Latest Bitcoin Blackmailing Scam Targets ‘Unfaithful’ Men

Latest Bitcoin Blackmailing Scam Targets ‘unfaithful’ Men
Latest Bitcoin Blackmailing Scam Targets ‘unfaithful’ Men

Scams have rocked the cryptocurrency environment since its inception, from hacking customers’ wallets to pretending to be employees of some companies, now there is a new phishing trend: scammers are pretending to know the secrets you hide from your wife.

Emails from the scammers threaten to expose victims if they fail to pay a confidentiality fee of $8600. This is according to the US Federal Trade Commission, an independent government body that examines consumer protection.

In a report published on August 21st, FTC’s Consumer and Business Education Division issued a caution against Bitcoin blackmailing schemes, highlighted scams targeting men.

Part of the warning statement explained that scammers are targeting men and sending them threatening messages. They demand to be paid in Bitcoin (BTC) so that they remain silent about the alleged affairs, no doubt causing panic among some recipients.  cryptocurrency.

Victims ordered to pay $8600 confidentiality fee

Hundreds of users have fallen prey to these intimidating messages. This is a criminal extortion plan to separate people from their wealth, according to the FTC. The consumer protection agency posted what seems like an excerpt from the bitcoin blackmailing exploitative letter.

It reads:

“I’m aware and know the secrets you are hiding from your wife and everyone else. You can ignore this writing or pay me a confidentiality fee of $8600 in Bitcoin.”

Criminal extortion: a classic sign of a scam

According to FTC, these kinds of messages are classic signs of scam because they use threats, intimidation, and high pressure. The agency has pleaded with individuals who receive such texts or know anyone who has received such a document to report to their police department and Federal Bureau of Investigation.

In the US State of Hawaii, a similar scam was reported where the scammer pretended to be a customer service from local utility and energy companies. The scammer claimed the victim hasn’t paid the outstanding electricity bill and their power will be cut off. The fraudster told the victim to pay the overdue using bitcoin.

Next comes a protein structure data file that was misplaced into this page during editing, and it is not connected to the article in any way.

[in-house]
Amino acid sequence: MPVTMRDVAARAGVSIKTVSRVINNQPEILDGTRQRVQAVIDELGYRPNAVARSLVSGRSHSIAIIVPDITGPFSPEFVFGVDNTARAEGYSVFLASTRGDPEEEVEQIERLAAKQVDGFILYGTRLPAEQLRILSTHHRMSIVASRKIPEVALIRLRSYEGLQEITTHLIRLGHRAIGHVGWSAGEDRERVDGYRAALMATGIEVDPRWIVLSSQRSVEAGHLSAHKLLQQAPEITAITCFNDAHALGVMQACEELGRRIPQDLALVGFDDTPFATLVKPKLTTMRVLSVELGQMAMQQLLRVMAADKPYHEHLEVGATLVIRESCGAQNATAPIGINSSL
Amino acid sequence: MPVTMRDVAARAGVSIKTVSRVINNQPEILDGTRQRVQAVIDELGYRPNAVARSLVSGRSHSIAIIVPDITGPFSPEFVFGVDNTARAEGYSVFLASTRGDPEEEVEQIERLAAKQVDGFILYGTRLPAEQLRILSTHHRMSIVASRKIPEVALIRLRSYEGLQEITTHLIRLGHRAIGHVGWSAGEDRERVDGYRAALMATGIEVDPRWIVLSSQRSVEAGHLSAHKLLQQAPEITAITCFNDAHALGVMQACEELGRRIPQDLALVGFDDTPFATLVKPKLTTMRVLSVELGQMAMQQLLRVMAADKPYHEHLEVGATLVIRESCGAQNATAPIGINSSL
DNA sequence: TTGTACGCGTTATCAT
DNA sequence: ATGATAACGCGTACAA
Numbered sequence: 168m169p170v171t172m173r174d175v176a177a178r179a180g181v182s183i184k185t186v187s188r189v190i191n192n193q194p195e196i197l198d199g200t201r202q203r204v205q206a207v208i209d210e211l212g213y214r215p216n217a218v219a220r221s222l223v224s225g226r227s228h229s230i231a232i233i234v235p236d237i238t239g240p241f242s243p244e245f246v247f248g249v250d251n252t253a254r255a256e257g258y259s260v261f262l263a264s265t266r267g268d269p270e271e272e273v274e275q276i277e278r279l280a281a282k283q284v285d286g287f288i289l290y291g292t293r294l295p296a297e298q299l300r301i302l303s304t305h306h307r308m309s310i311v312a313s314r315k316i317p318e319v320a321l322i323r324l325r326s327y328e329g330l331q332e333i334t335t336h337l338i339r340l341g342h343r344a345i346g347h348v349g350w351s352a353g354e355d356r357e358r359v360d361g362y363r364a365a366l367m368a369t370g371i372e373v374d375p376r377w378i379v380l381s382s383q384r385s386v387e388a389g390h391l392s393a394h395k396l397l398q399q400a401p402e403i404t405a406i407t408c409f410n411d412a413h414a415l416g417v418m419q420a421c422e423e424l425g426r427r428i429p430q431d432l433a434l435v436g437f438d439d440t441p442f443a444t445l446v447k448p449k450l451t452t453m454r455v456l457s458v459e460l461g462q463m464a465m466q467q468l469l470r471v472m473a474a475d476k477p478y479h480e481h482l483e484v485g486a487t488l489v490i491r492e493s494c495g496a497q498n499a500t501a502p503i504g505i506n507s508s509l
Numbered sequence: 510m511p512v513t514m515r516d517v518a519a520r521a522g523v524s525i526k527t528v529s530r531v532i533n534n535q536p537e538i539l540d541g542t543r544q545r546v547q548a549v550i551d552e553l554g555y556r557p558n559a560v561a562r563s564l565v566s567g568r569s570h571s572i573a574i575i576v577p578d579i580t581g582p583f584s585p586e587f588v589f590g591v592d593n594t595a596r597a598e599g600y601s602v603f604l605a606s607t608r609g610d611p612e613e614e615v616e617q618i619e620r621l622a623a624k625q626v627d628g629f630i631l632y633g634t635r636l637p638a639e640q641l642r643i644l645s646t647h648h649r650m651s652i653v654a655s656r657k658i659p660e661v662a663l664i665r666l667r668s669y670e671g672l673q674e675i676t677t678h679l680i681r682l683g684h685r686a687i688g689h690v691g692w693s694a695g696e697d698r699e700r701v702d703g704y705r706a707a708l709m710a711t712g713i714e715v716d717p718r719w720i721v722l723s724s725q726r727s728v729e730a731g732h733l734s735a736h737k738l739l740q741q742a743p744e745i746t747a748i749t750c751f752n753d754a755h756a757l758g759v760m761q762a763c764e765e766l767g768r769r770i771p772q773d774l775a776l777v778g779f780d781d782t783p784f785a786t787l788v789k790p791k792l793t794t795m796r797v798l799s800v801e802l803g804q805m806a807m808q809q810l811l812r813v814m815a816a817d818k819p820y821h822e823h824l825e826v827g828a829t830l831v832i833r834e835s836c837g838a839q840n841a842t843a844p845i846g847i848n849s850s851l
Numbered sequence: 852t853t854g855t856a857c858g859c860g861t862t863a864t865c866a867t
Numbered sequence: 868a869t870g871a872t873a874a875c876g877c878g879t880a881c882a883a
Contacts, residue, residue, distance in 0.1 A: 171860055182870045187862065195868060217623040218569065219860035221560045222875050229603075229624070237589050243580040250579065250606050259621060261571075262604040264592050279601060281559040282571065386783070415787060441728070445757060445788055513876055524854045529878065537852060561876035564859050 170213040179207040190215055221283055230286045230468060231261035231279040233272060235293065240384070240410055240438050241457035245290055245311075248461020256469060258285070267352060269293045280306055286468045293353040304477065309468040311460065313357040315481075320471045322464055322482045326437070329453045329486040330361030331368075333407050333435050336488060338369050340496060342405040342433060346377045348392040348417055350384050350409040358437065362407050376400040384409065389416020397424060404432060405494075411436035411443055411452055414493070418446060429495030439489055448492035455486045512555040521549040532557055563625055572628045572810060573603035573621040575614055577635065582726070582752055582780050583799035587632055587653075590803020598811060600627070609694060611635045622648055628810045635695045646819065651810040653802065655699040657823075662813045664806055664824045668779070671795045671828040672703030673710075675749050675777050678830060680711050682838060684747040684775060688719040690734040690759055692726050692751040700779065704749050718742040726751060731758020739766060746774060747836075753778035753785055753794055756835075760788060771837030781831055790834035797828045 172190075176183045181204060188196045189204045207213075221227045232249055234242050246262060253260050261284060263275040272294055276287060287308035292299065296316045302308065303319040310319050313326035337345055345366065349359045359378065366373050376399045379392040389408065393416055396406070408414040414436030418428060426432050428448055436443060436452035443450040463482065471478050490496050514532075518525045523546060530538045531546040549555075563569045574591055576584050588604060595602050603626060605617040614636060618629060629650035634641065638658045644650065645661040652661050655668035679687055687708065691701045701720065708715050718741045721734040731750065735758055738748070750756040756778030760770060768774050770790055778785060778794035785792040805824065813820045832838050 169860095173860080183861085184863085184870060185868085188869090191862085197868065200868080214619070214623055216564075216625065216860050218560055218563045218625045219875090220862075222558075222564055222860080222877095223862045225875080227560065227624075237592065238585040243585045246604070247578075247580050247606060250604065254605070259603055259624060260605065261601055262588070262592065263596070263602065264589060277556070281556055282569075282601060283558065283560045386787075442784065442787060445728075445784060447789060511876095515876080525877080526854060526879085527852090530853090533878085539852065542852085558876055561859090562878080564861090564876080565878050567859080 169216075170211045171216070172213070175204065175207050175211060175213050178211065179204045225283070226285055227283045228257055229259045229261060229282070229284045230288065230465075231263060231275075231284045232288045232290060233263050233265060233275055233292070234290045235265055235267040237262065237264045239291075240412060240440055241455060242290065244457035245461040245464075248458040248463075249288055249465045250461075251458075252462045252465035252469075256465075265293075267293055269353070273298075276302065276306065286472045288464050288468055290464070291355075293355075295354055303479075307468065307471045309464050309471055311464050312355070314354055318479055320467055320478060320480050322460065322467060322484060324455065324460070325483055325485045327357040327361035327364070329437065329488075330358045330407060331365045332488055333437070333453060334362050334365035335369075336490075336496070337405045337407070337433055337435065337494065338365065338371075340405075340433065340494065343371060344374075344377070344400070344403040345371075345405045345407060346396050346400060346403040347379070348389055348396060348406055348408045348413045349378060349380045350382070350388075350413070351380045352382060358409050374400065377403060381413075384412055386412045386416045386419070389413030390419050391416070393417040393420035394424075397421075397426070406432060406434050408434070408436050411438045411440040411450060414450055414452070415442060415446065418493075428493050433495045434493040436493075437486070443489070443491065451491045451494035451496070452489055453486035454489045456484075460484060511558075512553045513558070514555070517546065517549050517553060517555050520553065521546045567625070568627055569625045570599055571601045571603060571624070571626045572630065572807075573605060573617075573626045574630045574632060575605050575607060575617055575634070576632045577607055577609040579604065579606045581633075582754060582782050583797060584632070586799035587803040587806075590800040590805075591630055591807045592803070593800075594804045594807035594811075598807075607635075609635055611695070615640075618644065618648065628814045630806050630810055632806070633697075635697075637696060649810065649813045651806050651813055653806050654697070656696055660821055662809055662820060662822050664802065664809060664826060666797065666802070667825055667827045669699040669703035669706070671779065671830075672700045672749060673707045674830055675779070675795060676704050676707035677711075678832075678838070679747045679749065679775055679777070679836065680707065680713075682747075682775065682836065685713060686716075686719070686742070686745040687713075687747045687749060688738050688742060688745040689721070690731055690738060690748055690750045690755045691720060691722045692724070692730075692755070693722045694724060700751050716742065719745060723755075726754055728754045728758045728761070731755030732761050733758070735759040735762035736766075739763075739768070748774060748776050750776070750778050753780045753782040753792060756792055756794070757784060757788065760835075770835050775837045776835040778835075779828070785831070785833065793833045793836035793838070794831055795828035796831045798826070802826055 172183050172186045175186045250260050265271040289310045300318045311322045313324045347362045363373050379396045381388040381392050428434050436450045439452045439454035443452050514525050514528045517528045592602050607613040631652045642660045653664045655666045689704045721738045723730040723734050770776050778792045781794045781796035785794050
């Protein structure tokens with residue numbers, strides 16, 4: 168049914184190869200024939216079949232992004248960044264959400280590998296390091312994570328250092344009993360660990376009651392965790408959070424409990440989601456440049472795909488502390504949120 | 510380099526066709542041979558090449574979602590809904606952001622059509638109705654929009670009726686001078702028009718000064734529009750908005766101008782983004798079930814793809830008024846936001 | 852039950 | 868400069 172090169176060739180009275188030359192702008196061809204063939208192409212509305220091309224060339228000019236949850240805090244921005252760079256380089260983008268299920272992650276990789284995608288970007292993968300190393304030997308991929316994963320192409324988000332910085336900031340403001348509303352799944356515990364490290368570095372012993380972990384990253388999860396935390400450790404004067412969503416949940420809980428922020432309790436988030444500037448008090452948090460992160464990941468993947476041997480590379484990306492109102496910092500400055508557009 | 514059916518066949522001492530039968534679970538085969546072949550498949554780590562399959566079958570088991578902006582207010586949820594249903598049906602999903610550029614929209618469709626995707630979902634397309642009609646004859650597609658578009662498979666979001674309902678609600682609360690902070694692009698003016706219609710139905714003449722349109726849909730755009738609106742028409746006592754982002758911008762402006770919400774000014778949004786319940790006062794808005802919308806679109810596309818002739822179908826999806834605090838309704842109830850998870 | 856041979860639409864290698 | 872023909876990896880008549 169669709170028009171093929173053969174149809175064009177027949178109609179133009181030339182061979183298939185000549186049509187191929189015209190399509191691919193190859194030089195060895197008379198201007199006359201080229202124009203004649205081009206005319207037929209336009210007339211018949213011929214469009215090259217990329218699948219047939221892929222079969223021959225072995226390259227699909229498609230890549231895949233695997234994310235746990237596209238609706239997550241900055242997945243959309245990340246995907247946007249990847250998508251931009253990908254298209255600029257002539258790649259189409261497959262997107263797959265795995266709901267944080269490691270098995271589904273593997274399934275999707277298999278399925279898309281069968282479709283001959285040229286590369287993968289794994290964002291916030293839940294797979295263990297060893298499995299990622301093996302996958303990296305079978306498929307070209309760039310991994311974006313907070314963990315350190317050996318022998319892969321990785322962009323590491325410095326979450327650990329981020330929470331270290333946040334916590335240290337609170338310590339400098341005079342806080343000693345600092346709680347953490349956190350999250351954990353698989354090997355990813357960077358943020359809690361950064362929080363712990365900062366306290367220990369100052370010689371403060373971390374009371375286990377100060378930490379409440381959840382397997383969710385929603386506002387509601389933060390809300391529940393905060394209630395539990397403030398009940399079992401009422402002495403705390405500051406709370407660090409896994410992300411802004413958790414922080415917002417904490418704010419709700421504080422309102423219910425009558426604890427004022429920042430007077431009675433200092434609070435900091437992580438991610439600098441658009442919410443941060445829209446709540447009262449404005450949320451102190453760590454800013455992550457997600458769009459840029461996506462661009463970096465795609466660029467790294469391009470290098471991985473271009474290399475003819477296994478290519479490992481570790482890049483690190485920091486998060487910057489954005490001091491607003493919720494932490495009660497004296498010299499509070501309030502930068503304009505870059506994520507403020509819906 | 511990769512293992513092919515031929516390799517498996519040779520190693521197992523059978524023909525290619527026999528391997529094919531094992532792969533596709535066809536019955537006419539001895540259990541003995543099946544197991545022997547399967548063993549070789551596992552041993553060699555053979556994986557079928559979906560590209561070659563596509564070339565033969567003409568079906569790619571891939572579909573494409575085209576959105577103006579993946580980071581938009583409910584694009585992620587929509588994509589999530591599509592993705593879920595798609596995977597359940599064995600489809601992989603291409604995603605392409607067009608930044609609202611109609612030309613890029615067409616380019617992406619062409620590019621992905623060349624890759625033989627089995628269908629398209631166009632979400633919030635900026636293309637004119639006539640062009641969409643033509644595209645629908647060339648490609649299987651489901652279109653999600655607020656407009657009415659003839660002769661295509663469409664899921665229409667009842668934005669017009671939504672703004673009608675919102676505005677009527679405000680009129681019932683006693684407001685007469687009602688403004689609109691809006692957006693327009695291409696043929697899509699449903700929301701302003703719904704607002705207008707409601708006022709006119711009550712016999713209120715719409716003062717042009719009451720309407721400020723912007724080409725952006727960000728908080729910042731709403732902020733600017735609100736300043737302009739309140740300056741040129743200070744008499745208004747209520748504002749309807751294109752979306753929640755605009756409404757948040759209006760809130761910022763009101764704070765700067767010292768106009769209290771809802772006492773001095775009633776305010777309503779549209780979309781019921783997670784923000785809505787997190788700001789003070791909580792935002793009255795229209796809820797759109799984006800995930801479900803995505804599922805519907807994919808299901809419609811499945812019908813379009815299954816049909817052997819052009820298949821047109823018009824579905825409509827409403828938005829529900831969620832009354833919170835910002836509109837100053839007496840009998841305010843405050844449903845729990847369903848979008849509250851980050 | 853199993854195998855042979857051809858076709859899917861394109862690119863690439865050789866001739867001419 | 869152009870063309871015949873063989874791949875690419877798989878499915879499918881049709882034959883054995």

You can spot a scam message easily. They use high-pressure approaches and demand cash to be paid on the spot. On many occasions, victims are threatened with arrest if they don’t make payment. Government agencies and debt collectors are not allowed to threaten anyone, as per the FTC policies.

This malicious activity has continued to taunt email users despite clear warnings from the authorities. Khon 2, Hawaii’s local television network reported that hundreds of calls of scammers had been made during the last month. Also, three businesses had fallen prey and paid hundreds of dollars to the fraudsters using Bitcoin ATMs.

Hawaii Electric communications director, Shannon Tangonan said:

“Electricity bills were not even overdue. Scammers, however, managed to convince business owners to make payments. They managed to go to the bitcoin machine, fed cash into the machines as directed by scammers.”

In July, a blackmailing scam that targeted porn viewers surfaced as reported by a news outlet. Fraudsters had a target of $1,900 in Bitcoin to extort from viewers. They threatened viewers to expose their footage to everyone in their contact list if they don’t pay.

If you are a porn addict and you receive a message claiming to have the access of your private information and recorded you, be careful. These scammers are using malware, but according to Emin Gun Sirer, Cornell professor, this is a bluff.

Be on the look for scam emails. Don’t negotiate and don’t pay any cash.